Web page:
Nearly one quarter of American women getting early abortions last year used the so-called "abortion pill" rather than surgery, according to statistics reported in a recent medical journal.
Some are predicting the percentage of "medical abortions" will increase even more because of the new study in Thursday's New England Journal of Medicine.
"This is the first really huge documentation of how safe and effective medical abortion is," said Dr. Beverly Winikoff, a professor of family health and population at Columbia University.
"The technology is very good and very well used in this country, and probably will be used more and more," she added.
Click play for comments from Wendy Wright of Concerned Women for America.
At Planned Parenthood, the largest provider of medical abortions, the abortion pill amounts to 32 percent of early terminations.
Chris Gacek, a senior fellow at the pro-life Family Research Council, said he wasn't surprised by the increase.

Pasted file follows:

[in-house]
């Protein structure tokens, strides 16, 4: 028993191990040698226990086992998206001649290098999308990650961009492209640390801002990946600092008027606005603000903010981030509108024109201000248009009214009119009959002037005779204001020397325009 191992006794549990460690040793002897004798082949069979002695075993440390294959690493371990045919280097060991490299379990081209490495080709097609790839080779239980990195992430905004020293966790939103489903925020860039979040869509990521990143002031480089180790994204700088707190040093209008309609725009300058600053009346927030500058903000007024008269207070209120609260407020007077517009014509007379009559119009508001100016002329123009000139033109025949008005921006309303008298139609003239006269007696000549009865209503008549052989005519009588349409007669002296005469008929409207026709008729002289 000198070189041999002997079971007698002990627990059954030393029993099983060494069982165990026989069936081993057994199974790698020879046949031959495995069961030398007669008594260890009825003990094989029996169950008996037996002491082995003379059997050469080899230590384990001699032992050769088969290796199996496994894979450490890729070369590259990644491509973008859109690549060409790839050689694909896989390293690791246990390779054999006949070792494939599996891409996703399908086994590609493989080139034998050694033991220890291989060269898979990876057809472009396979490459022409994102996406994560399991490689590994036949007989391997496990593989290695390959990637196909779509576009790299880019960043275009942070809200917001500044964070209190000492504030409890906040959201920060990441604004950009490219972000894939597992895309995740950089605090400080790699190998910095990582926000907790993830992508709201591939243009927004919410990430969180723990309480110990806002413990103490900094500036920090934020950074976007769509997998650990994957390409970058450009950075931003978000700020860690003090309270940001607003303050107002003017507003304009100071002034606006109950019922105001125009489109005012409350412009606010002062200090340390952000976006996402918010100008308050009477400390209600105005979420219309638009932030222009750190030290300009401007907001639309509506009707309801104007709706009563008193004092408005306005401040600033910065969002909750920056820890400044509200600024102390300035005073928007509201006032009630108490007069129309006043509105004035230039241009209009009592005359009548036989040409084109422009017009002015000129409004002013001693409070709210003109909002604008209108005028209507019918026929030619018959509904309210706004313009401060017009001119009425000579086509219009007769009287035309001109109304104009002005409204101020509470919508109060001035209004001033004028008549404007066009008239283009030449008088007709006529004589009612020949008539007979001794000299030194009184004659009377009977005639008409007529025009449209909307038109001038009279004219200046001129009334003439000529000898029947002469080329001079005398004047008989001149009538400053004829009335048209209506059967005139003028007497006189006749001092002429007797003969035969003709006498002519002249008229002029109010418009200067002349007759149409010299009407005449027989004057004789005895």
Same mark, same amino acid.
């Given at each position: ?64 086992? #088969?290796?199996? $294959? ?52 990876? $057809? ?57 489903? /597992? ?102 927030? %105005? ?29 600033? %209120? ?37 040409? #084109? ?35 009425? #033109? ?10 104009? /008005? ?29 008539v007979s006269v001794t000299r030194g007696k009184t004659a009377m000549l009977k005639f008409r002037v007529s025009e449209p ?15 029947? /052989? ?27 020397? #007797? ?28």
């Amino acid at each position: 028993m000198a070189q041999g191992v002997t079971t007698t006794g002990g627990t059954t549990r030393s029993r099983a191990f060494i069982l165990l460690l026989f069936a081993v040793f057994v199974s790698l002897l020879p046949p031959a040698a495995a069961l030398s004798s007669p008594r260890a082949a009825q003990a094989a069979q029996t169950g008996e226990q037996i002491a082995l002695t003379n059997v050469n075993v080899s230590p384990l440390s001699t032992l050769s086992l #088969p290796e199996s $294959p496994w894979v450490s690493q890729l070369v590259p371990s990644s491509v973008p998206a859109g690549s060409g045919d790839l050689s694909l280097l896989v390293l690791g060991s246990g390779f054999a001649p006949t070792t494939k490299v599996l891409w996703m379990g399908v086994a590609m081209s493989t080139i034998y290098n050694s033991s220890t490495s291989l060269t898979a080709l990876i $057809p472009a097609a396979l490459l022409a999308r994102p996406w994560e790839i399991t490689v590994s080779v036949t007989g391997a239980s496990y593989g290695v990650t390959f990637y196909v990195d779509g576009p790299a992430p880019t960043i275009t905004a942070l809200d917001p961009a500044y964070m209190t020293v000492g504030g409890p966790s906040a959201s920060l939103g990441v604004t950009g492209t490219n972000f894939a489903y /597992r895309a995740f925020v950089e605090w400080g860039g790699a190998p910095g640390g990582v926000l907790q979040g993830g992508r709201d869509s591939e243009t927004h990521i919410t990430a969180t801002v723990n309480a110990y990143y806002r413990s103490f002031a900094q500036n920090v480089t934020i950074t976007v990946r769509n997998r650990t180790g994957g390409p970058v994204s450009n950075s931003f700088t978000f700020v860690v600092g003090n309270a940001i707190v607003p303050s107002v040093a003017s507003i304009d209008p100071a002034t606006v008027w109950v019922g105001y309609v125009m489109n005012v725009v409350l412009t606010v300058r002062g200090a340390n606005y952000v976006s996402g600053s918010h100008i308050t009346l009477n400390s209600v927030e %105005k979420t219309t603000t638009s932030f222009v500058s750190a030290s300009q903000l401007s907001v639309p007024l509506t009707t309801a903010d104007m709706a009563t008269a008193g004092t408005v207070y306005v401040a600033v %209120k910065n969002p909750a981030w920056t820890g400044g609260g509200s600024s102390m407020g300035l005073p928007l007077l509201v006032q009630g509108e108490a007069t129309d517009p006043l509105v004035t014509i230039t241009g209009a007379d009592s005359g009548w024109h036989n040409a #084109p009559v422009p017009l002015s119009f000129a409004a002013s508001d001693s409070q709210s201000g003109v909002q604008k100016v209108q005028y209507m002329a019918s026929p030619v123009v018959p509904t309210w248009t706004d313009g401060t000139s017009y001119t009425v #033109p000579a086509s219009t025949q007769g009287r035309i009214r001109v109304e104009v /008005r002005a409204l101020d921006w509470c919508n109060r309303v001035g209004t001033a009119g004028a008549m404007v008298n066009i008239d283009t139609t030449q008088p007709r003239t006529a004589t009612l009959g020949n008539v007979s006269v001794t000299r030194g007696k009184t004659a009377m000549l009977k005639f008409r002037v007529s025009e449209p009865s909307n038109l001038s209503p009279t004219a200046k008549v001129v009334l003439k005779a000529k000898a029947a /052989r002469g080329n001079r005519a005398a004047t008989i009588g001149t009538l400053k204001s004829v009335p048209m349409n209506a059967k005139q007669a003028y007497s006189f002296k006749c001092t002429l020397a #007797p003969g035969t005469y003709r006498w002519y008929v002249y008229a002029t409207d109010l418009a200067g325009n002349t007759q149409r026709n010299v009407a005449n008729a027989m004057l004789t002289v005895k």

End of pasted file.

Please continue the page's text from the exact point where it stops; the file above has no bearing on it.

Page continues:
"I don't think at this point we're going to do anything," he said regarding limiting usage of the drug. "It's hard to know whether this increases the (total) number of abortions."
The procedure involves taking two pills within the first nine weeks of pregnancy.
The first pill, Mifeprex, known chemically as mifepristone, is taken orally at a doctor's office. The pill, originally called RU-486, causes an embryo to detach from the uterine wall.
A second pill, misoprostol, is used 24 to 48 hours later to cause contractions and push the embryo out of the uterus.
These drugs are different from Plan B, which is taken to prevent pregnancy from occurring.
The cost for a medical abortion is $400 -- slightly less than the average cost for an early-term surgical abortion.